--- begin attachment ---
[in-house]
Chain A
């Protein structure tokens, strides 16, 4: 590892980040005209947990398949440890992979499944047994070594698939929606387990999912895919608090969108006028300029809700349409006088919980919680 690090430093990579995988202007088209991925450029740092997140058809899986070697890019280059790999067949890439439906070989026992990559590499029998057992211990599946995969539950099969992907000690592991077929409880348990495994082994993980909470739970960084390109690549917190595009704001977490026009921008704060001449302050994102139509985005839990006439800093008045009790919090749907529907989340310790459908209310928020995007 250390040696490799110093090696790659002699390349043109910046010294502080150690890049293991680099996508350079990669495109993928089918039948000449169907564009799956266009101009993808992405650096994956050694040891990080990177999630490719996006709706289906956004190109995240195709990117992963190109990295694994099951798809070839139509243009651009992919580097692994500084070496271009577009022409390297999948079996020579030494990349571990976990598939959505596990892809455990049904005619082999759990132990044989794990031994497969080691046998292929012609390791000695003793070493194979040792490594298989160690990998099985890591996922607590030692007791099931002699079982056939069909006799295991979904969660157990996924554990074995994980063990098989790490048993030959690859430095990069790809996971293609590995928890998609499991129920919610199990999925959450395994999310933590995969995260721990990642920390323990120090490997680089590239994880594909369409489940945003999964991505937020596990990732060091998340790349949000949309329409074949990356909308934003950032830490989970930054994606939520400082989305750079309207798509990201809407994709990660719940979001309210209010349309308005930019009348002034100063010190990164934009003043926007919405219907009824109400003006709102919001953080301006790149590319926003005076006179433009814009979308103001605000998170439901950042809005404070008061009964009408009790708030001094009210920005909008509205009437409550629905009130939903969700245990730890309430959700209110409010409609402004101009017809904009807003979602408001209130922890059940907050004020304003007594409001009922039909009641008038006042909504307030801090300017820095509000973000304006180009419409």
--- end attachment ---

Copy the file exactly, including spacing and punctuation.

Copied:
[in-house]
Chain A
């Protein structure tokens, strides 16, 4: 590892980040005209947990398949440890992979499944047994070594698939929606387990999912895919608090969108006028300029809700349409006088919980919680 690090430093990579995988202007088209991925450029740092997140058809899986070697890019280059790999067949890439439906070989026992990559590499029998057992211990599946995969539950099969992907000690592991077929409880348990495994082994993980909470739970960084390109690549917190595009704001977490026009921008704060001449302050994102139509985005839990006439800093008045009790919090749907529907989340310790459908209310928020995007 250390040696490799110093090696790659002699390349043109910046010294502080150690890049293991680099996508350079990669495109993928089918039948000449169907564009799956266009101009993808992405650096994956050694040891990080990177999630490719996006709706289906956004190109995240195709990117992963190109990295694994099951798809070839139509243009651009992919580097692994500084070496271009577009022409390297999948079996020579030494990349571990976990598939959505596990892809455990049904005619082999759990132990044989794990031994497969080691046998292929012609390791000695003793070493194979040792490594298989160690990998099985890591996922607590030692007791099931002699079982056939069909006799295991979904969660157990996924554990074995994980063990098989790490048993030959690859430095990069790809996971293609590995928890998609499991129920919610199990999925959450395994999310933590995969995260721990990642920390323990120090490997680089590239994880594909369409489940945003999964991505937020596990990732060091998340790349949000949309329409074949990356909308934003950032830490989970930054994606939520400082989305750079309207798509990201809407994709990660719940979001309210209010349309308005930019009348002034100063010190990164934009003043926007919405219907009824109400003006709102919001953080301006790149590319926003005076006179433009814009979308103001605000998170439901950042809005404070008061009964009408009790708030001094009210920005909008509205009437409550629905009130939903969700245990730890309430959700209110409010409609402004101009017809904009807003979602408001209130922890059940907050004020304003007594409001009922039909009641008038006042909504307030801090300017820095509000973000304006180009419409």